Nearly a quarter of Millennials and Zennials have expressed dissatisfaction with their current home after working from home during the coronavirus pandemic, according to the HomeServe Biannual State of the Home survey conducted by The Harris Poll. That means they’re looking at buying a new home, often for the first time, and discovering all the joys and responsibilities of homeownership.

As stay-at-home orders have begun to lift, so have home buying applications as many are looking to purchase a single-family home and put distance between themselves and their closest neighbors. The pandemic has changed the way we think about buying a new home – virtual open houses and signing documents remotely – but it hasn’t changed the way we own a home.buying a new home, plumbing

One of the less appealing parts of buying a new home is maintenance and unexpected repairs, but potential homeowners can be prepared for the responsibilities of homeownership by looking at the home systems, with the assistance of a home inspector, and opting into a home repair service plan.

When buying a new home, prospective buyers should have a home inspection that includes:

  • Water service lines – home buyers should ask how old the water line servicing the home is and whether it has ever been repaired or replaced. If the homeowner is unsure, ask what the lines are made of – if they are copper or plastic, they have probably been replaced recently. Galvanized steel, cast iron or lead will be older and will likely need to be replaced soon. If they are made of a mix of materials, it’s probable that it has been spot repaired.
  • Water pressure – an easy way to check pressure is to turn on multiple taps at once. In addition, turn on the shower and flush the toilet to see if the water temperature changes significantly.
  • Plumbing – home buyers should ask about the age of the home and what the plumbing is made of – older homes might have galvanized pipes, which can corrode from the inside out, or lead, which can be problematic. Ask a home inspector to keep an eye out for signs of DIY repairs that may not be done correctly or to code. Look for evidence of leaks, such as corrosion on the pipes or water damage or mold and mildew near plumbing.
  • Drains – home buyers should have a professional inspect the drains for inflow and infiltration, leaks and tree roots, likely by putting a camera through the line.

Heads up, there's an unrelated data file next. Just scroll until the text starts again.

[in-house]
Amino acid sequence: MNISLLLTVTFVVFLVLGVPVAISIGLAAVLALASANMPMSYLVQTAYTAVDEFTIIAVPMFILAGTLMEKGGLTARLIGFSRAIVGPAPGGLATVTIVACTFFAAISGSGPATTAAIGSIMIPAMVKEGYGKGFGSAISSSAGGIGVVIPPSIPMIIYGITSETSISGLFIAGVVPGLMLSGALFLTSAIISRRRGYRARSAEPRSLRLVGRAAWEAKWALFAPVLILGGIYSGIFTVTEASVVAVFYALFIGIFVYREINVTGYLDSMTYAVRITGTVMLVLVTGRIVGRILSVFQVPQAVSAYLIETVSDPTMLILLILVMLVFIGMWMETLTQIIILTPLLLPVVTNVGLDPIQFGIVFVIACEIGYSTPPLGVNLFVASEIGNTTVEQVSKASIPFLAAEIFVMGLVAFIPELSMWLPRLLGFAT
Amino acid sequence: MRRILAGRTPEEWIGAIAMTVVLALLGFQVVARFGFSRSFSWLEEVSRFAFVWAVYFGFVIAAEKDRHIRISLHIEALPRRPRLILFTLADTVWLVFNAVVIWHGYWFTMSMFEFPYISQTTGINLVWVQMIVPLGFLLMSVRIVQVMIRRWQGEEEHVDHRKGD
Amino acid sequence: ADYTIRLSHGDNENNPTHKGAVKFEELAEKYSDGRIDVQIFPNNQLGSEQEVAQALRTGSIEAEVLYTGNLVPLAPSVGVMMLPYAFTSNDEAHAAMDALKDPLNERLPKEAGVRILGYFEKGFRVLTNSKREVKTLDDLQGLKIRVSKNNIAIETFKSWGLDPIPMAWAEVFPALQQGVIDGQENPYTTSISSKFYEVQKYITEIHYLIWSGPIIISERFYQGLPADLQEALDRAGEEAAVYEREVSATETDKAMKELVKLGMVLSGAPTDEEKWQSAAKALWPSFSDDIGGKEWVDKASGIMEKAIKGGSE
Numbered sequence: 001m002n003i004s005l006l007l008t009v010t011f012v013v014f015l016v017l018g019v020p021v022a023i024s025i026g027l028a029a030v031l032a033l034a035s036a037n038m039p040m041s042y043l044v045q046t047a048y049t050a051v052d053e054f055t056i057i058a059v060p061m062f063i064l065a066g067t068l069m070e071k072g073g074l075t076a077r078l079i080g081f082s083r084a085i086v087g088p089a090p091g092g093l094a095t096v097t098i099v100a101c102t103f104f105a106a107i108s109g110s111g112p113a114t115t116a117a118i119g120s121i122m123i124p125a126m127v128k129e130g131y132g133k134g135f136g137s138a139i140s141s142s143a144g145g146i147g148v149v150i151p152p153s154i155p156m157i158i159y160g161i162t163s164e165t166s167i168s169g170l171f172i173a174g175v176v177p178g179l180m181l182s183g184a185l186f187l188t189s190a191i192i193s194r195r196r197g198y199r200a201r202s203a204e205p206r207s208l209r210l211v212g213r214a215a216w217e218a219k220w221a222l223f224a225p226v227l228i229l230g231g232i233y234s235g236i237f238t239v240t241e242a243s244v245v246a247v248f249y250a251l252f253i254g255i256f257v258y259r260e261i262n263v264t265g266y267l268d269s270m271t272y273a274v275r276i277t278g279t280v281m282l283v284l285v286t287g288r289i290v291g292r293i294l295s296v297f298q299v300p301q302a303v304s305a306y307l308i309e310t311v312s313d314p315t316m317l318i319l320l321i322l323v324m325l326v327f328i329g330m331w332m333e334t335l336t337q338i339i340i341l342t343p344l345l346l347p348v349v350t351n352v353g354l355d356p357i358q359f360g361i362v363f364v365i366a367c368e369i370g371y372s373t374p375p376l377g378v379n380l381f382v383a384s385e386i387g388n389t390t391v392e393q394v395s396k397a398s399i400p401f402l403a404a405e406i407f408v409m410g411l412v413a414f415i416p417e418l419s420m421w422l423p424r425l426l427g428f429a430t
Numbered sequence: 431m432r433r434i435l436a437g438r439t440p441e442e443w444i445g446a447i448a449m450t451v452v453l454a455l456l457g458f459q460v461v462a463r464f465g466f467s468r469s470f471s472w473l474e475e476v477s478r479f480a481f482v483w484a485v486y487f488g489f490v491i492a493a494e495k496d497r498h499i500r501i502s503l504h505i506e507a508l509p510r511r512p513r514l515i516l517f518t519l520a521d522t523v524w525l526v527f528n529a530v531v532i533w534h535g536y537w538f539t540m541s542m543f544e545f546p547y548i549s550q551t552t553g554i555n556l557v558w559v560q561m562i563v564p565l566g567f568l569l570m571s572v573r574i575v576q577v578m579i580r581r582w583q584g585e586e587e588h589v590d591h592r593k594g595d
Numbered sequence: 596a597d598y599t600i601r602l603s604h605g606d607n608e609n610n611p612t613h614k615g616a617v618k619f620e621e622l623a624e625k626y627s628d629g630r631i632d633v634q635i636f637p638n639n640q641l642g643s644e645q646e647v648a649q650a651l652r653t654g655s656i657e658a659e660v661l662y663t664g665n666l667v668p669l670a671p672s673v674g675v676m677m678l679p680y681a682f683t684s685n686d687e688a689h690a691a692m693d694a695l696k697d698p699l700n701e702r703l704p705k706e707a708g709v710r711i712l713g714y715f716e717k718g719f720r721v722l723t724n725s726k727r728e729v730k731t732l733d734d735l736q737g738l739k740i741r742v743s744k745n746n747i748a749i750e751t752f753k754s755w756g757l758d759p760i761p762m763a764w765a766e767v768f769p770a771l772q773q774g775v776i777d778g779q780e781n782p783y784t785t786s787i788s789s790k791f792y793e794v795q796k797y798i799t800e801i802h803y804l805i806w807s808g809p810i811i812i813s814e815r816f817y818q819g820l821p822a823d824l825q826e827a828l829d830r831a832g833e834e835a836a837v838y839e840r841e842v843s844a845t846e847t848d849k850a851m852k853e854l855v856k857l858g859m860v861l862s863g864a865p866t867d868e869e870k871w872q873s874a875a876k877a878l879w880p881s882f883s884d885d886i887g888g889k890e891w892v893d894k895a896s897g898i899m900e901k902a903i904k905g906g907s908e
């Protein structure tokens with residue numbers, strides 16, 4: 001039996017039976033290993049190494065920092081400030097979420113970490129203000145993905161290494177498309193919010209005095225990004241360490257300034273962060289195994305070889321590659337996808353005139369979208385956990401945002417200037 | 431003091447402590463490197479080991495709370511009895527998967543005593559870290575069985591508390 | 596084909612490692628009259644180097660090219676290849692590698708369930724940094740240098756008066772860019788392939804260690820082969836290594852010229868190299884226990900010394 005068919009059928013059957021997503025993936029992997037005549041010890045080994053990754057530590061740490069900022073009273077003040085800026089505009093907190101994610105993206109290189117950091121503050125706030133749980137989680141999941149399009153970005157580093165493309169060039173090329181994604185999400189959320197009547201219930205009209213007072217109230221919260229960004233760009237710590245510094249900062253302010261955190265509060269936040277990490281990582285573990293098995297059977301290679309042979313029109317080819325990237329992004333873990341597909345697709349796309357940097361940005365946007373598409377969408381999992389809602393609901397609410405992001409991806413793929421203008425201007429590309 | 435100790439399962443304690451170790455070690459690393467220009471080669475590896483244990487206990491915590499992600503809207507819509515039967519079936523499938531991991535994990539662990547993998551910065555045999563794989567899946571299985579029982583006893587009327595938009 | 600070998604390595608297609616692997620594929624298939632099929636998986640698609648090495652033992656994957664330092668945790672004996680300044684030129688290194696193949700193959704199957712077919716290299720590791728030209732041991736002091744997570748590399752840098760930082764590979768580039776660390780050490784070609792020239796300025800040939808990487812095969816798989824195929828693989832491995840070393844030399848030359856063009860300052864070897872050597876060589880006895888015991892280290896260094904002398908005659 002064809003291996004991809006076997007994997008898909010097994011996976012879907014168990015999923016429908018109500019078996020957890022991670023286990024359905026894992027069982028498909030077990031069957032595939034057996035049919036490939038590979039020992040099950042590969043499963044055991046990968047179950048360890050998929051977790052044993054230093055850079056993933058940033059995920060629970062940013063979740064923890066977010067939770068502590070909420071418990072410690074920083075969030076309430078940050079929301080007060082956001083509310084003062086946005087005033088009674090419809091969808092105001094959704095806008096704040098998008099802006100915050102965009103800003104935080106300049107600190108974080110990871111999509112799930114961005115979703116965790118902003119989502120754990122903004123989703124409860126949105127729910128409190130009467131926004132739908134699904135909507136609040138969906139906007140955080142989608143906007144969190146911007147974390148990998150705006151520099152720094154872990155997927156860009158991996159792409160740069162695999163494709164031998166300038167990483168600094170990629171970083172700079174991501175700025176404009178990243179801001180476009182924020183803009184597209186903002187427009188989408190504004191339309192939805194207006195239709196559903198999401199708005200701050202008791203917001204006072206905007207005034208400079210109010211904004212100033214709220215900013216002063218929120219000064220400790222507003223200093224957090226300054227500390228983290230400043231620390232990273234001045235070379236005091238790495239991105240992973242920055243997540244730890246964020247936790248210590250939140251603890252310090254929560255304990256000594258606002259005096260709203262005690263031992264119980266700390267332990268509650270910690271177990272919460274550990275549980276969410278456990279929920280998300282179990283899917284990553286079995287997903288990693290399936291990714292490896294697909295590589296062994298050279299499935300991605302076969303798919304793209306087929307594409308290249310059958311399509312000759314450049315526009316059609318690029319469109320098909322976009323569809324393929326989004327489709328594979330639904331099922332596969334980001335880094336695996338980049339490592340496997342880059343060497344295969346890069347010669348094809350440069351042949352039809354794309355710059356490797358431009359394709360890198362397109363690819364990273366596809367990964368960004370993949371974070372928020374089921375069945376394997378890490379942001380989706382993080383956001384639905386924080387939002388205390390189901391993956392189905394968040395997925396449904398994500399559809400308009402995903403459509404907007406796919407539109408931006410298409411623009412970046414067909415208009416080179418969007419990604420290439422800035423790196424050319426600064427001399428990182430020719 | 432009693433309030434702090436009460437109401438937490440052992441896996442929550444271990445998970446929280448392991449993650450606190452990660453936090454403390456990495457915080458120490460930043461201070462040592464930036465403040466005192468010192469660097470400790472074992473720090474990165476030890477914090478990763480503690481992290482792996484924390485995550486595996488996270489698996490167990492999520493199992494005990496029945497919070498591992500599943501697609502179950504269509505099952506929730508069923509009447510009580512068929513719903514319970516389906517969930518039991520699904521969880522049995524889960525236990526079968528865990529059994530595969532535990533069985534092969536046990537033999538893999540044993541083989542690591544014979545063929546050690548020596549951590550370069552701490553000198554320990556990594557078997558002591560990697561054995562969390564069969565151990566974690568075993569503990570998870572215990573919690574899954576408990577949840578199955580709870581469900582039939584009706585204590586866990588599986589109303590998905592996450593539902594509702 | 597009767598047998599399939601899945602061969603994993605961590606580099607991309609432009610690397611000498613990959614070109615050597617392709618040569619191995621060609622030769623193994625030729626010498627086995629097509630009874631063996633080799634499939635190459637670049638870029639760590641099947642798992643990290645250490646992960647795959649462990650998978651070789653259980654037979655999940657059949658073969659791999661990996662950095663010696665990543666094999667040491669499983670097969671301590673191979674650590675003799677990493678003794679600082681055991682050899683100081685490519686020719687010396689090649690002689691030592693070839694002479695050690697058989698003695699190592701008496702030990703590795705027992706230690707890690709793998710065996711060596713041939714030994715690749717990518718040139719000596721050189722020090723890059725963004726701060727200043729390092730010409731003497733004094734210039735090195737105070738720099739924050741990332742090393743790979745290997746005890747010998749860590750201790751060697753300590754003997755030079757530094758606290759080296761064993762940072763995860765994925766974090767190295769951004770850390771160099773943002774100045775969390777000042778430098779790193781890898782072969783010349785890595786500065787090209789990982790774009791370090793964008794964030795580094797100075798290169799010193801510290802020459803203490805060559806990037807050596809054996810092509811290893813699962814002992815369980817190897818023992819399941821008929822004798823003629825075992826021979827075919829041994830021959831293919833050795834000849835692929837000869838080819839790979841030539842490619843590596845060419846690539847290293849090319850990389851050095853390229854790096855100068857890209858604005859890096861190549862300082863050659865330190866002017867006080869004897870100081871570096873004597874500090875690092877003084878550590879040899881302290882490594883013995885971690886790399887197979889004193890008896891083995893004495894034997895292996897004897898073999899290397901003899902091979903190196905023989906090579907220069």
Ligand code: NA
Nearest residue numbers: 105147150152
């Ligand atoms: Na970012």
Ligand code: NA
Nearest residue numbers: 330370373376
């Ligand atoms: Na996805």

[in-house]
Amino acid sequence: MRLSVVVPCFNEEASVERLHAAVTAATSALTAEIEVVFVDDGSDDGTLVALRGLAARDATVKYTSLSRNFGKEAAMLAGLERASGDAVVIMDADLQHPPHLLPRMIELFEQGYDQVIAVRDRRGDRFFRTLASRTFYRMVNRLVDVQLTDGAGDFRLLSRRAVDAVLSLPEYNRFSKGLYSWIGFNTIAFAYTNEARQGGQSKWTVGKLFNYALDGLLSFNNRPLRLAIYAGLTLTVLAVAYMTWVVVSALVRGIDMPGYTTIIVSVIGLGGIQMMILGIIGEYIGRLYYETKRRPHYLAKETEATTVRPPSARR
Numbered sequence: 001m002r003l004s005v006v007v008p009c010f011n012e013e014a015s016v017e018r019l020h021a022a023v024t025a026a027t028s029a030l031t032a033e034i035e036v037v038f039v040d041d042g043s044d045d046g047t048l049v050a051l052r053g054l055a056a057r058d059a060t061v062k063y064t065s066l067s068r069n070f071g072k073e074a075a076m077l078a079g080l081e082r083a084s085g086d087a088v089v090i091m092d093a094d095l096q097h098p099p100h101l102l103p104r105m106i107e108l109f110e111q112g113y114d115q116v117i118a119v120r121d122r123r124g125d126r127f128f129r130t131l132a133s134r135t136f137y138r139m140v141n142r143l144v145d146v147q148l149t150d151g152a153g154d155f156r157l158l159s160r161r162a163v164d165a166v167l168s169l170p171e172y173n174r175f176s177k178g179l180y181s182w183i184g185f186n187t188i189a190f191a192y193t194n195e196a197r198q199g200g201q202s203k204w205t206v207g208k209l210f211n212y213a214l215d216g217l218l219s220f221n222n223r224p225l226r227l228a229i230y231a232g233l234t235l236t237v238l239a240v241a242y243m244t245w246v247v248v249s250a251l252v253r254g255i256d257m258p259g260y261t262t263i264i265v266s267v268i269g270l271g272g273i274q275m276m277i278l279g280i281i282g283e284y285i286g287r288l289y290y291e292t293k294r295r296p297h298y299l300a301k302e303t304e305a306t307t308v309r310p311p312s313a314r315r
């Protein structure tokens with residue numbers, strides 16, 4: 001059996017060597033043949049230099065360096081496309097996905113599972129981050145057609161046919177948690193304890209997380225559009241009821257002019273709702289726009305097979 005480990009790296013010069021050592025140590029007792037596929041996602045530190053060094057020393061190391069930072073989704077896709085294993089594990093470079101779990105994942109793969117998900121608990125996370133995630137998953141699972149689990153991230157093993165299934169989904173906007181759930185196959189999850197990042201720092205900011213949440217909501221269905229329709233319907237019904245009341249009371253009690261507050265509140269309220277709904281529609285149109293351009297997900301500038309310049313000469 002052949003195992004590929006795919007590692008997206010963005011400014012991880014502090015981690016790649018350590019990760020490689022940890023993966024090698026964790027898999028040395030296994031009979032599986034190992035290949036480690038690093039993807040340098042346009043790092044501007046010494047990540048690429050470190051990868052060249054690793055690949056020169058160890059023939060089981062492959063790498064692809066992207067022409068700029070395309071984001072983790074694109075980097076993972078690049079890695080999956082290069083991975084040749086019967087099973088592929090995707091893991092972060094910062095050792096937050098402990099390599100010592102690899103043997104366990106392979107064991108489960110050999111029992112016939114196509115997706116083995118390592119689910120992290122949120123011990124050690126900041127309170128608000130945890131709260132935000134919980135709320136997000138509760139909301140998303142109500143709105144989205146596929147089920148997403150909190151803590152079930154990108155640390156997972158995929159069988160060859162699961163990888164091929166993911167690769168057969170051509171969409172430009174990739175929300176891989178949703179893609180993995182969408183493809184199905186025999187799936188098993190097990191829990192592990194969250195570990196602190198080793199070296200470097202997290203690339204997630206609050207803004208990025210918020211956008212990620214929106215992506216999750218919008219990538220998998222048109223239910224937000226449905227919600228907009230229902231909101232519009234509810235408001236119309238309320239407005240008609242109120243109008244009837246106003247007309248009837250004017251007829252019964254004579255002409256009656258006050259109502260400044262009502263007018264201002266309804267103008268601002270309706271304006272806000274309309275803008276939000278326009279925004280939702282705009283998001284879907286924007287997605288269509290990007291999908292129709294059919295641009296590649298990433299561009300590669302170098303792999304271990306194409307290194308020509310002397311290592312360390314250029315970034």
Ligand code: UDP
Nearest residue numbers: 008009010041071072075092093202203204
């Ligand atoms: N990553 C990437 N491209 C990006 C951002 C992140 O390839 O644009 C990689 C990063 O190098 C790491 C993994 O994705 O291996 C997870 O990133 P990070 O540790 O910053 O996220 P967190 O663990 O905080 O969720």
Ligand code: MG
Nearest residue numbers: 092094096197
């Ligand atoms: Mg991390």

• Water heater – hot water heaters only last about 10 years, so home buyers should ask when the water heater was last replaced and look for signs of rust and leaking.
  • Toilets – home buyers should look at the base of toilets. If they are leaking or wobble, they should be reseated – caulk will only cause water damage in the floor. Flush toilets to ensure there are no clogs.
  • Heating, ventilating and air conditioning – ask about the age of the system. Most central air conditioning units last 10 to 15 years, and furnaces can last 15 to 25 years. If it’s an older system, home buyers should plan for what they will do once it needs to be repaired or replaced.

When buying a new home, the cost of a plumbing inspection may seem daunting, but the average cost of replacing a water service line is $2,500, and the average cost of replacing a sewer service line is $3,300 – much more than the $200, on average, a plumbing inspection can cost.

Prospective owners buying a new home should include an inspection contingency period in their agreement to verify all systems work as expected and determine who is responsible if they don’t. Buyers should protect themselves when buying a new home – items such as water and sewer service lines frequently are not covered by homeowners insurance.

To bring peace of mind to residents and potential residents in your community, partner with the ServLine Leak Program to shield them from the financial shock of a water leak.

Although many utilities provide adjustments for overages caused by a leaking water line, the cost can still be difficult to bear. In addition, the utility misses out on much-needed revenue. ServLine, backed by two “A” rated insurance companies, will insure your utility against customer water loss while also offering your customers a repair solution. ServLine also will hand all leak-related calls, claims and questions, reducing your office staff’s workload.

To find out more about how we can help you, contact us.